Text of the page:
Indie sector concerned about Sony/EMI deal, calls for EU regulatory scrutiny
The independent sector has responded to Sony/ATV plans to acquire the lion’s share of EMI’s music publishing, by calling upon European Union regulators to evaluate the potential monopolistic ramifications of the deal.
Helen Smith, executive chair of the Independent Music Companies Association, Impala, stated: “The European Commission will want to avoid reinforcing the Sony/Universal duopoly, the two-horse race which started in 2012 with the sale of EMI.
“This is a step too far and I would expect to see an in-depth investigation in the EU and other key jurisdictions”.
That would give it a 90% stake. The remaining 10% is held by the Michael Jackson estate.
If the sale goes through, Sony would end up owning or administering 2.3 million copyrights.
EMI Music Publishing artists include Pink, Pharrell Williams, Kane West and Drake, as well as classic catalogues from Queen and Carole King.
Impala’s Smith added, “Sony is already by far the world’s largest music publisher and an indispensable trading partner controlling over 2.3 million copyrights.
“If this sale was to happen, its market power would be reinforced with serious competition issues, including excessive bargaining power when negotiating with collecting societies and the authors they represent, as well as other actors in the value chains such as labels and online services.”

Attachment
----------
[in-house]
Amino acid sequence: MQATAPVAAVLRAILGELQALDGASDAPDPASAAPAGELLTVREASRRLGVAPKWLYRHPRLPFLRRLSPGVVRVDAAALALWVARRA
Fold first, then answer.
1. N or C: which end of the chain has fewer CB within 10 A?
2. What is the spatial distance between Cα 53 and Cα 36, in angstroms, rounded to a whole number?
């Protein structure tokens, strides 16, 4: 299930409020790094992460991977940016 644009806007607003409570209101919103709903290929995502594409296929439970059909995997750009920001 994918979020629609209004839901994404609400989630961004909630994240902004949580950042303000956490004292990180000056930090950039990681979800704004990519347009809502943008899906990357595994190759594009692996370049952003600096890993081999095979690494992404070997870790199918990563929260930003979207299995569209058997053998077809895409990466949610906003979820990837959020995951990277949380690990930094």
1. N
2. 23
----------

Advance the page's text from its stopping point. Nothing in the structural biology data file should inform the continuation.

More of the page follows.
Impala claims that back in 2012, Sony knew that regulators would not approve its intended purchase of EMI Music Publishing.
It contends that Sony then put together a consortium to get the approval through, and then quietly dismantle the consortium through the years.
“This confirms the concerns expressed by Impala back in 2012 when the European Commission cleared the acquisition of EMI publishing by a consortium including Sony/ATV, and then again in 2016 when the Commission cleared Sony’s move from joint to sole control of Sony/ATV,” Smith said
“It shows that ultimately, Sony is taking complete control of EMI publishing, while the initial deal was structured as a consortium to get this bid approved by the regulatory authority.”
It is expected that regulators in the European Union and the United States will look closely at the Sony/EMI bid.